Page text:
Saturday, January 22, 2011

Ideological Convenience of Q

Over on the Bible Films Blog, Matt Page has an enjoyable post about The Ideological Convenience of Q. He expresses well something I hinted at in the first chapter of The Case Against Q.
If we were to dispense with Q, it would not be without tears. For Q has been all over the world, loved by everyone, feminists and liberation theologians, the sober and the sensational, the scholar and the layperson, a document with universal appeal. Indeed one of the keys to its success has been its ability to woo both conservatives and radicals alike. While conservatives, for example, are drawn by its early witness to sayings of Jesus, others have seen its lack of a Passion Narrative as witnessing to an alternative stream of early Christianity, one not based on the proclamation of a crucified Christ. For those at one end of the theological spectrum, Q can give us a document of Jesus material from before 70, written within a generation of the death of Jesus. For those at the other end of the spectrum, Q aligns itself with the Gospel of Thomas to form a “trajectory” in early Christianity that contrasted radically with emerging orthodoxy, and which only “canonical bias” can now obscure from our view (The Case Against Q, 16-17). 
In general, though, I am disinclined to spend too long worrying about possible ideological underpinnings of theories.  In the end, it's the truth that counts and I would rather spend an afternoon in the company of the Synopsis, working with the data, than an afternoon speculating about the the ideological motivations of the scholars.

Incidentally, that line "all over the world, loved by everyone" comes from Laurel and Hardy, "Beau Hunks", but I doubt that anyone spotted the subtle allusion.  Sadly, the degree of overlap between those who love Laurel and Hardy, and those who love the Synoptic Problem is small.


Stephen C. Carlson said...

Yes, I too am one to be more concerned about raw data rather than ideology. Full agreement there, but let me nuance it a bit. I do think it is helpful to think about possible ideological underpinnings of my own and other people's beliefs. We don't really have raw, unvarnished facts (aside from perhaps sense perceptions), for what we call evidence is really a set of facts filtered and shaped by some kind of theory.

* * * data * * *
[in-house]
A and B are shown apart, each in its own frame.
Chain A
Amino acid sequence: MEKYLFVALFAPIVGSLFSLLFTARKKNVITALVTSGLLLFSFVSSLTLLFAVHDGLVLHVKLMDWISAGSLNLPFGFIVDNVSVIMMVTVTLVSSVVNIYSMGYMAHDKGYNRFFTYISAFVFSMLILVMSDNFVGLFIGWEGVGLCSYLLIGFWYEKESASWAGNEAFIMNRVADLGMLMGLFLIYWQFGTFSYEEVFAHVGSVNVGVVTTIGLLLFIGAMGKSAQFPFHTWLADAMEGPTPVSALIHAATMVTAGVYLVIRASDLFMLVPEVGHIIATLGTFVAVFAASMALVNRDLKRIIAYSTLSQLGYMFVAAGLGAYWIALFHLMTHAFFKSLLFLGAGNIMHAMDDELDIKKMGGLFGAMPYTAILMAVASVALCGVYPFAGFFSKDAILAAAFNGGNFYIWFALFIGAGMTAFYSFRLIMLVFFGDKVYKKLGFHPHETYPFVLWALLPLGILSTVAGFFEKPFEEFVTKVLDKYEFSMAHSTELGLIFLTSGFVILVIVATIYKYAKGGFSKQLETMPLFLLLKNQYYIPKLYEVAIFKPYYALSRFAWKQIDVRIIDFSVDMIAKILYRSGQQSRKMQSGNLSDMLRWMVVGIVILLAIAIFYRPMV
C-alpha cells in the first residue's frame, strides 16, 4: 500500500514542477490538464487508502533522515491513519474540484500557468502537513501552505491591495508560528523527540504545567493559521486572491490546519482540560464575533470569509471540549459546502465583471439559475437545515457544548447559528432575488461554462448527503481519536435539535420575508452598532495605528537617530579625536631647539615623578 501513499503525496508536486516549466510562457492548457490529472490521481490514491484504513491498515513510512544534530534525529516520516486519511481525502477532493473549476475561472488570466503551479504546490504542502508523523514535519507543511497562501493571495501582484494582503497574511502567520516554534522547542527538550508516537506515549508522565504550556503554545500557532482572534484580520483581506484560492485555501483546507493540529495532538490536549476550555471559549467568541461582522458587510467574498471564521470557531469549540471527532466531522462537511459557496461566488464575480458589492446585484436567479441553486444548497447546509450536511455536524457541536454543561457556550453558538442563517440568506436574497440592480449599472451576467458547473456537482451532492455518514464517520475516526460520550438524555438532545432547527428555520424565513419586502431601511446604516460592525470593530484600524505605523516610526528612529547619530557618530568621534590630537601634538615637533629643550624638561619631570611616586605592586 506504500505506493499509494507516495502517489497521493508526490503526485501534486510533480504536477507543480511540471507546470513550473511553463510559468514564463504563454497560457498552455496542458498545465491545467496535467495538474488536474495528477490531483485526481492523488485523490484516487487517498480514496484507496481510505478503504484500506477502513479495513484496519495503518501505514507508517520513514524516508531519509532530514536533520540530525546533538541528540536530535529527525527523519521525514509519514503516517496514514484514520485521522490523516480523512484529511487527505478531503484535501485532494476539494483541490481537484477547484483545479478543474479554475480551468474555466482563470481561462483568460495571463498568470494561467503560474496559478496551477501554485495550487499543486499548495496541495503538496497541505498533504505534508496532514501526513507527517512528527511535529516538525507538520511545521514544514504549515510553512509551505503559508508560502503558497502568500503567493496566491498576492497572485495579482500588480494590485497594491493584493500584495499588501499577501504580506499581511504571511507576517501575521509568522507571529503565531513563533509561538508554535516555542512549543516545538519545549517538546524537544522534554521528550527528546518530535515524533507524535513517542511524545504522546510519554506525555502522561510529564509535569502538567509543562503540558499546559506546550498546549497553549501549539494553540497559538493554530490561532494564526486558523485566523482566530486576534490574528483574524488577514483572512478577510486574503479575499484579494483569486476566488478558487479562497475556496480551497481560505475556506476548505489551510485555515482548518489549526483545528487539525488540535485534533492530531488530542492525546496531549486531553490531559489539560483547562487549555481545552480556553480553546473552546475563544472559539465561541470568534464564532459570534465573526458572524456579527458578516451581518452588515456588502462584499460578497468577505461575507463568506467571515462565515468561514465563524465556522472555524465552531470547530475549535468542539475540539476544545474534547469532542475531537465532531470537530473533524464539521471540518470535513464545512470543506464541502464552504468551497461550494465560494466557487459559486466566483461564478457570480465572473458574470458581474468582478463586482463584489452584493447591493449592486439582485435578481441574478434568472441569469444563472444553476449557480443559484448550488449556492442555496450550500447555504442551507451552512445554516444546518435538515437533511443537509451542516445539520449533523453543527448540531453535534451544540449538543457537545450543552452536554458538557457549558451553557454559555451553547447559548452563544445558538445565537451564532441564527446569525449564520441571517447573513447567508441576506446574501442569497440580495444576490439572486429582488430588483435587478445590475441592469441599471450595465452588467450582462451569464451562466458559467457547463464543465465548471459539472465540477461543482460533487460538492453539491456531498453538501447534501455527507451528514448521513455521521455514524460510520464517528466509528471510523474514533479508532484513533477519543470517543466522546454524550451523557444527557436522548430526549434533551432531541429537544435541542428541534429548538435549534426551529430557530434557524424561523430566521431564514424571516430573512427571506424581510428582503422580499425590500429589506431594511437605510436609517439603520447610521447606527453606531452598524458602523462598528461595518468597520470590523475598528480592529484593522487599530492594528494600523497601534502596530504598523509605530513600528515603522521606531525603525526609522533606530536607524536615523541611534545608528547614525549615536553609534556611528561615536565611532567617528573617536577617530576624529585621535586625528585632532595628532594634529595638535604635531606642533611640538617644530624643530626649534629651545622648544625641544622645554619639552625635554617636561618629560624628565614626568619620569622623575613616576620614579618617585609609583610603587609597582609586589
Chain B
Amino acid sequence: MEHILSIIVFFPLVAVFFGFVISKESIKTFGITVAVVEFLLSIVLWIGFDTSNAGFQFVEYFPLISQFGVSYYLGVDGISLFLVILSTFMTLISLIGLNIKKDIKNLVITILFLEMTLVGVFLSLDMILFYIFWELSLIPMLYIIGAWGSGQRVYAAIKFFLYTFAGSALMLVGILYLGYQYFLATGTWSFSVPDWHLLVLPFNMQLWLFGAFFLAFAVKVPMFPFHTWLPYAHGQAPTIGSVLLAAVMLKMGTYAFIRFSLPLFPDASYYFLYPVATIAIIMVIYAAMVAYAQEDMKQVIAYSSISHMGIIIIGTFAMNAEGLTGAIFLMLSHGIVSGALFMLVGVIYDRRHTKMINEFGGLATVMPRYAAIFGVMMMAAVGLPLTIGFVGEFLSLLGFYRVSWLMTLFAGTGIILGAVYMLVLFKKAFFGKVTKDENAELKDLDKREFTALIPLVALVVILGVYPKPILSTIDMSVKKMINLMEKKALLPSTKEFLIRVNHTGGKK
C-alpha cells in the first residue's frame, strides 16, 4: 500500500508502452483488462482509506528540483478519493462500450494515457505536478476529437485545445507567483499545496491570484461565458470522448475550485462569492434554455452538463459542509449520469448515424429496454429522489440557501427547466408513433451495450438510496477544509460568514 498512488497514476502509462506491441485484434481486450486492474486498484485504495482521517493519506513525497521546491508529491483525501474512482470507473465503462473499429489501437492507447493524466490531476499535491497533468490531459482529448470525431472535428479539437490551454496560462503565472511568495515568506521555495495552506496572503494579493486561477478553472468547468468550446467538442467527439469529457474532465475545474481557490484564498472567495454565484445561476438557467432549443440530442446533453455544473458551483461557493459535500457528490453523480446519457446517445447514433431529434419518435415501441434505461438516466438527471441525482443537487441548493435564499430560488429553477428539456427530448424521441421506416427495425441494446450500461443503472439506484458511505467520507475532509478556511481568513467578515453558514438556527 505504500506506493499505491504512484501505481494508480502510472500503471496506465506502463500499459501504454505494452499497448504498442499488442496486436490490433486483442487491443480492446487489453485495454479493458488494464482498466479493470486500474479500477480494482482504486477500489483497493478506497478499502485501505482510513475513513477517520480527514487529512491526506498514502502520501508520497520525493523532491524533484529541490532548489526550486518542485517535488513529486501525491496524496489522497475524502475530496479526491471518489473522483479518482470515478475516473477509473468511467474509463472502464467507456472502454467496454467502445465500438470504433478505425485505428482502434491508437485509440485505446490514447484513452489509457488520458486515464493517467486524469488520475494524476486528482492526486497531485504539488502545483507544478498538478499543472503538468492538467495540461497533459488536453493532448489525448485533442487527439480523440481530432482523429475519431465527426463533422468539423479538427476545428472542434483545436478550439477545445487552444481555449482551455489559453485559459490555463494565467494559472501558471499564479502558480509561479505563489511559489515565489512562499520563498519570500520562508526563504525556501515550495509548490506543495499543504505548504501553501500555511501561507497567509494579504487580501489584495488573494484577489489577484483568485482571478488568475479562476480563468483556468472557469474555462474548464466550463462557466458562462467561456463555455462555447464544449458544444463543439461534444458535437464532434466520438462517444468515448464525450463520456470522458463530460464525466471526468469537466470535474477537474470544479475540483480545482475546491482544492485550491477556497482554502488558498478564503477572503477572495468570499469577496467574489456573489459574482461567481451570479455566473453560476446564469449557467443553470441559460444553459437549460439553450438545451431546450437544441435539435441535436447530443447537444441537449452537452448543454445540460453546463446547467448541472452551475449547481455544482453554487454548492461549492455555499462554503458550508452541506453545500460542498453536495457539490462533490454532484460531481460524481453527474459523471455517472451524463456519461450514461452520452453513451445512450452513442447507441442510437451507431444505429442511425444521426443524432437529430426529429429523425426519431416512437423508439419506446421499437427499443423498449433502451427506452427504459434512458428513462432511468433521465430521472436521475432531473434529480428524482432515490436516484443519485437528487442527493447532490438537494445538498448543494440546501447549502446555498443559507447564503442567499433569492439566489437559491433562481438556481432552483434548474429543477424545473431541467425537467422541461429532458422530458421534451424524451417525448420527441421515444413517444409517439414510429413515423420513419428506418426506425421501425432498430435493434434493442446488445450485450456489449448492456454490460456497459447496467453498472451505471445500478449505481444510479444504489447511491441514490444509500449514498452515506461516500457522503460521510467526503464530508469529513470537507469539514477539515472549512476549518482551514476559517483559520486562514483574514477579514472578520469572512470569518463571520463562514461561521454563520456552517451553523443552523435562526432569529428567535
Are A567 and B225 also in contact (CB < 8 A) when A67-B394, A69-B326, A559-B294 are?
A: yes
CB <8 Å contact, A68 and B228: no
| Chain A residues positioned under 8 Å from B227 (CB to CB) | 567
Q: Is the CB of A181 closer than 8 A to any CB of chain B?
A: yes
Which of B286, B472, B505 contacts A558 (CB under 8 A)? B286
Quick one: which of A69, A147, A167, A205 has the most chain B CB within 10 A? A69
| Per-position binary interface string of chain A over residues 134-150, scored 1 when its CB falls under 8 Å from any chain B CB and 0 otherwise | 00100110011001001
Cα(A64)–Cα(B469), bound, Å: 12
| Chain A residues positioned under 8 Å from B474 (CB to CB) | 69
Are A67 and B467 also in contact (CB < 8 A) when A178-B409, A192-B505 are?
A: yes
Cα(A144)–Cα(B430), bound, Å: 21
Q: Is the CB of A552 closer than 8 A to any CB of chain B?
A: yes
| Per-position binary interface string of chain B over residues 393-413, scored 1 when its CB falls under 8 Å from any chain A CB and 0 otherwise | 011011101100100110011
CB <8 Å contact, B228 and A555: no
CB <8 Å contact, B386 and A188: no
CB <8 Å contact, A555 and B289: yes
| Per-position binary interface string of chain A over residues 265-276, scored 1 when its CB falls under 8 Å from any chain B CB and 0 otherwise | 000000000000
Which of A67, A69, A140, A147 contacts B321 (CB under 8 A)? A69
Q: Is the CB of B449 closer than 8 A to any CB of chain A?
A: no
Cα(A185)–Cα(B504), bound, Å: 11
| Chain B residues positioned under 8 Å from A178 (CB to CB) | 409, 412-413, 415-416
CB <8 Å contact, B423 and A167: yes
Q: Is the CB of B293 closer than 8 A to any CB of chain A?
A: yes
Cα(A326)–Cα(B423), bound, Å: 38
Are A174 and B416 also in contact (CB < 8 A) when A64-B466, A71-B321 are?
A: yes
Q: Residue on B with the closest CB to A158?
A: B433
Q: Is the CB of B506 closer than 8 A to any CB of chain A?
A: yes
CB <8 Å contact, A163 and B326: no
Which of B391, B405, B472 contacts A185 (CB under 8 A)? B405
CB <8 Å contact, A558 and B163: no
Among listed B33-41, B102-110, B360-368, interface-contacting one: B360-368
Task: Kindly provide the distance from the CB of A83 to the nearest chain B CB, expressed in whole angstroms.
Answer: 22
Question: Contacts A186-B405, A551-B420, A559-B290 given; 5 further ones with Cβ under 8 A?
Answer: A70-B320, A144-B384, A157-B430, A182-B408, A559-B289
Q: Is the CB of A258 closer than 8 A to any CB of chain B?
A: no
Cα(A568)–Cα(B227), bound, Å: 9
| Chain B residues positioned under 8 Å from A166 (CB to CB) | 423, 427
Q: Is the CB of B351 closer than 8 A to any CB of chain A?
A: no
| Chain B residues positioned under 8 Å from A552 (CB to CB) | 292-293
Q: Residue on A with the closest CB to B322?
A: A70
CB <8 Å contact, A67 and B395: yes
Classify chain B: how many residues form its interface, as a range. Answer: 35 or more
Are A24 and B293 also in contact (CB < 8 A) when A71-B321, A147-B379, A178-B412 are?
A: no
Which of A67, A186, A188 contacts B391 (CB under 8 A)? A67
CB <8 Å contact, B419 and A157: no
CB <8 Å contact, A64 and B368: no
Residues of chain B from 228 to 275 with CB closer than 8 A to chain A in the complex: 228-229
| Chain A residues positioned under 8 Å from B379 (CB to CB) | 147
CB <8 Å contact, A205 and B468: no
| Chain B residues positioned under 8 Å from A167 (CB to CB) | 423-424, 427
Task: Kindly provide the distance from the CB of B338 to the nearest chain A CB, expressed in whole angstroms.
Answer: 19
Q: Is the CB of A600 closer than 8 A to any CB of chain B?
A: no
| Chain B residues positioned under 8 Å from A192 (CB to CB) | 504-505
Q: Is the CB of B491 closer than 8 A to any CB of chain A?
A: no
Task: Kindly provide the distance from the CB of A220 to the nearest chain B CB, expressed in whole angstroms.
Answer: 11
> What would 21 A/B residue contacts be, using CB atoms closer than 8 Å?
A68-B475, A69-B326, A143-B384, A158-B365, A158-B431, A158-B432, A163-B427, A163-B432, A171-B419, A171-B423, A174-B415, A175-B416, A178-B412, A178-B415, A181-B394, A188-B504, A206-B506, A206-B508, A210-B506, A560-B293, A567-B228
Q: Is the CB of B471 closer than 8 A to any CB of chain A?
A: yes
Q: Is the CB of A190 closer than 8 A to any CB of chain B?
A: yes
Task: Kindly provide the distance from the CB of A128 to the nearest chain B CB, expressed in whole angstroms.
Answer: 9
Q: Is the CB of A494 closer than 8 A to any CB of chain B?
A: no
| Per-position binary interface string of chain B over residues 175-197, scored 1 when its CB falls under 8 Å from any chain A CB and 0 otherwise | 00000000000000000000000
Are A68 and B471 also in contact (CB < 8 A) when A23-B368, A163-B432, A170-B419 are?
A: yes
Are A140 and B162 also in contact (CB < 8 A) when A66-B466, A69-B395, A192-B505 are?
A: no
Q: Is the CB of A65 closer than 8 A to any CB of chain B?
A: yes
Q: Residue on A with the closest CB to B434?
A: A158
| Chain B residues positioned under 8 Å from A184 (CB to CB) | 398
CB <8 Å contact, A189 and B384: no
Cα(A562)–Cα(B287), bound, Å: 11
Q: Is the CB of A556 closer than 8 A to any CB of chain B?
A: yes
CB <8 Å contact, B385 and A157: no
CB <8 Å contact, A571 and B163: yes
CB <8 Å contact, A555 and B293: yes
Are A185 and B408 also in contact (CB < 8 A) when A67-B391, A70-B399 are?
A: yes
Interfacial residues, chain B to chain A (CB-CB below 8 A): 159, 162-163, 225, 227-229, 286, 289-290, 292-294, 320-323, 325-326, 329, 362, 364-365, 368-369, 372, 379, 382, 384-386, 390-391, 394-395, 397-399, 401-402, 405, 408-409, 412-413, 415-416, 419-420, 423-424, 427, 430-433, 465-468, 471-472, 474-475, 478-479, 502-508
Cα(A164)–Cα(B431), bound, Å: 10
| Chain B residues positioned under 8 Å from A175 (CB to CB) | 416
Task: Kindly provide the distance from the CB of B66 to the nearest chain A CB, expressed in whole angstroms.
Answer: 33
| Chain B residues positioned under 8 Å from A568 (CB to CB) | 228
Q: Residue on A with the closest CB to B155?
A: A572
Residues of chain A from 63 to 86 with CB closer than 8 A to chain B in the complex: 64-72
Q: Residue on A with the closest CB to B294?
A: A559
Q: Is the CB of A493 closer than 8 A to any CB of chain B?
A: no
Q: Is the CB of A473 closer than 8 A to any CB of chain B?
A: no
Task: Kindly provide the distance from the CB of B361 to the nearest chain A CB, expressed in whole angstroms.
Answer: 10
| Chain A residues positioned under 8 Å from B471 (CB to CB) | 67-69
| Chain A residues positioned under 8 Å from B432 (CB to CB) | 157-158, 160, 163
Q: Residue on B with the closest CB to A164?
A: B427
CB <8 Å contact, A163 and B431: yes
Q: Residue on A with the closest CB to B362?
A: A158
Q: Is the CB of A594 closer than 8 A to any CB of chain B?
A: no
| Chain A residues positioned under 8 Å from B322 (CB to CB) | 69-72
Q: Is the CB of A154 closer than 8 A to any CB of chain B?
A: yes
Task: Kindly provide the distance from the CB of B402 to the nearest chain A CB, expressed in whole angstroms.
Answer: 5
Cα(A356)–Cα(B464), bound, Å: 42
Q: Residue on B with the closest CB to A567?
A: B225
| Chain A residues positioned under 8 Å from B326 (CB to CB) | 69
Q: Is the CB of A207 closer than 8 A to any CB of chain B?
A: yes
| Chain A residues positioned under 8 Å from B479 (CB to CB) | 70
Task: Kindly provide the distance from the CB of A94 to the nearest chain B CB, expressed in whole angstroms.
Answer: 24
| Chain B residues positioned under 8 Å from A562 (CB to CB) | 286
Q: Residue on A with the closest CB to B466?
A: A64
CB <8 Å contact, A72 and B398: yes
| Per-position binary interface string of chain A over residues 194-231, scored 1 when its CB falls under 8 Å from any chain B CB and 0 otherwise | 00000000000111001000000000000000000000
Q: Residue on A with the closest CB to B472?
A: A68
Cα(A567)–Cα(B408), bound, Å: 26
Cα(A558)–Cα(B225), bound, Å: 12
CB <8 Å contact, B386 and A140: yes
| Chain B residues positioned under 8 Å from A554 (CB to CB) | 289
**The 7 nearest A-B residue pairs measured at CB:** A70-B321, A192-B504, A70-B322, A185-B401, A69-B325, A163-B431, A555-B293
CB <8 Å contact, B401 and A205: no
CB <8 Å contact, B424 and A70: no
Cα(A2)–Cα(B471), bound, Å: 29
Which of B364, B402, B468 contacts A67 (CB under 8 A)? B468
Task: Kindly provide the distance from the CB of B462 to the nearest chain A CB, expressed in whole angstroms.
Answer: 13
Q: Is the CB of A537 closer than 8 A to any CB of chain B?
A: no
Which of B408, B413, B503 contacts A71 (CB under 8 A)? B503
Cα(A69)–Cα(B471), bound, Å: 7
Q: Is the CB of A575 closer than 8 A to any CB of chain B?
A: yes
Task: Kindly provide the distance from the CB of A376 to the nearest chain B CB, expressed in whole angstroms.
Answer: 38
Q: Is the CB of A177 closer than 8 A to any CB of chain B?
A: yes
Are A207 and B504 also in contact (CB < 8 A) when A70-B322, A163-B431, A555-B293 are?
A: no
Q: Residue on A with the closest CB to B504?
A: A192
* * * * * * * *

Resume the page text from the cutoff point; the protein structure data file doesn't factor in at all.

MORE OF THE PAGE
I think some consideration of people's prior theoretic commitments may be helpful in focusing on which data and arguments need more work. For example, I might have what looks to me as a great argument with great evidence, but if it still leaves someone cold, I may have mis-evaluated matters. Perhaps, understanding the difference in our theoretical commitments can allow me to see why.

Even so, I've long felt think the best use of research into bias and ideological underpinnings is one's self-improvement as a scholar, rather than as an excuse to marginalize and ignore the scholarship of others.

Mark Goodacre said...

Thanks for the comment. I think you get the balance about right. It's important to pay attention to possible ideological underpinnings in scholarship, but where that becomes the heart of the scholarship, at the expense of working with the actual data, it is a problem.

One of the reasons I decided to talk about some of the broader questions in Case Against Q, Chapter 1, was that I wanted to explain why it is that Q is often so appealing on first impressions. But after first impressions, one has to go on to serious argument and evidence.

Loren Rosson III said...